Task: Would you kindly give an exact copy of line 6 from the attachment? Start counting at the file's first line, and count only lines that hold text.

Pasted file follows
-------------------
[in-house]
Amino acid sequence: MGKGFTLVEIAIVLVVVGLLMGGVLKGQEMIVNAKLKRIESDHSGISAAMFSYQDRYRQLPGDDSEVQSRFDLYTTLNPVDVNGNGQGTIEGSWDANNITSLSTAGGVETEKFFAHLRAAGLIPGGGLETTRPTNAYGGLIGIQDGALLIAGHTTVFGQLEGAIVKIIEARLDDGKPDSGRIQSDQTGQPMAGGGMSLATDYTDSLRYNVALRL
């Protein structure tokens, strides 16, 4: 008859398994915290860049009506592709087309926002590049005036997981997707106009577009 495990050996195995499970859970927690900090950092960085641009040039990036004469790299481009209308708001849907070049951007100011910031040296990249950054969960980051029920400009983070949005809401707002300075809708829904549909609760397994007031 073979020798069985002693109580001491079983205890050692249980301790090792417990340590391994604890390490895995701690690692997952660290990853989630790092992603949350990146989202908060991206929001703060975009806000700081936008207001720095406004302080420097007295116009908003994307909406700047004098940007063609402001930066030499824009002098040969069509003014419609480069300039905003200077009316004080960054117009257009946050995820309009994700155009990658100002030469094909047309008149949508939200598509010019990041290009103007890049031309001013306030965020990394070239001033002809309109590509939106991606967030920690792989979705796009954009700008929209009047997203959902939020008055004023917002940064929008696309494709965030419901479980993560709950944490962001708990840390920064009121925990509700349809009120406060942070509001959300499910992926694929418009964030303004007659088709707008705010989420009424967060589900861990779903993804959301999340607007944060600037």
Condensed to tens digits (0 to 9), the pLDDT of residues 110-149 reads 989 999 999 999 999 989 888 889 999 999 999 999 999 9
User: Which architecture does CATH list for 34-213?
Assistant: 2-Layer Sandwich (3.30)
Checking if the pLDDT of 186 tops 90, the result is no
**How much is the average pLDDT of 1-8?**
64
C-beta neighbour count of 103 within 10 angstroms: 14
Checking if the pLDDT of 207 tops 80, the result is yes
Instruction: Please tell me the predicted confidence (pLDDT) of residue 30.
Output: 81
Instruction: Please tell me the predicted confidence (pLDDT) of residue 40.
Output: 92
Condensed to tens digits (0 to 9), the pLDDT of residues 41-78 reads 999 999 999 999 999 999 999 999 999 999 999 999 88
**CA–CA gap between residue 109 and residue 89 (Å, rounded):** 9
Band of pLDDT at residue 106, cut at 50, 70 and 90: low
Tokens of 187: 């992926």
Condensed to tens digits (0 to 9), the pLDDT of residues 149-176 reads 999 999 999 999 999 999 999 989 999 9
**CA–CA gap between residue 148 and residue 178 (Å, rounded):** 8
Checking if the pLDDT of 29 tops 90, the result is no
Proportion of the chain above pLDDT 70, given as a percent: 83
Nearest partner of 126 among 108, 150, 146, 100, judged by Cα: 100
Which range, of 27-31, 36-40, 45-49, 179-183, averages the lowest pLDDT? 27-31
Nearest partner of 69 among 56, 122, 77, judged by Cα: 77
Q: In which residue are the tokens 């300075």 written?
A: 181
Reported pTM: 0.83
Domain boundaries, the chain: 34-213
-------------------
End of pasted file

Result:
Assistant: 2-Layer Sandwich (3.30)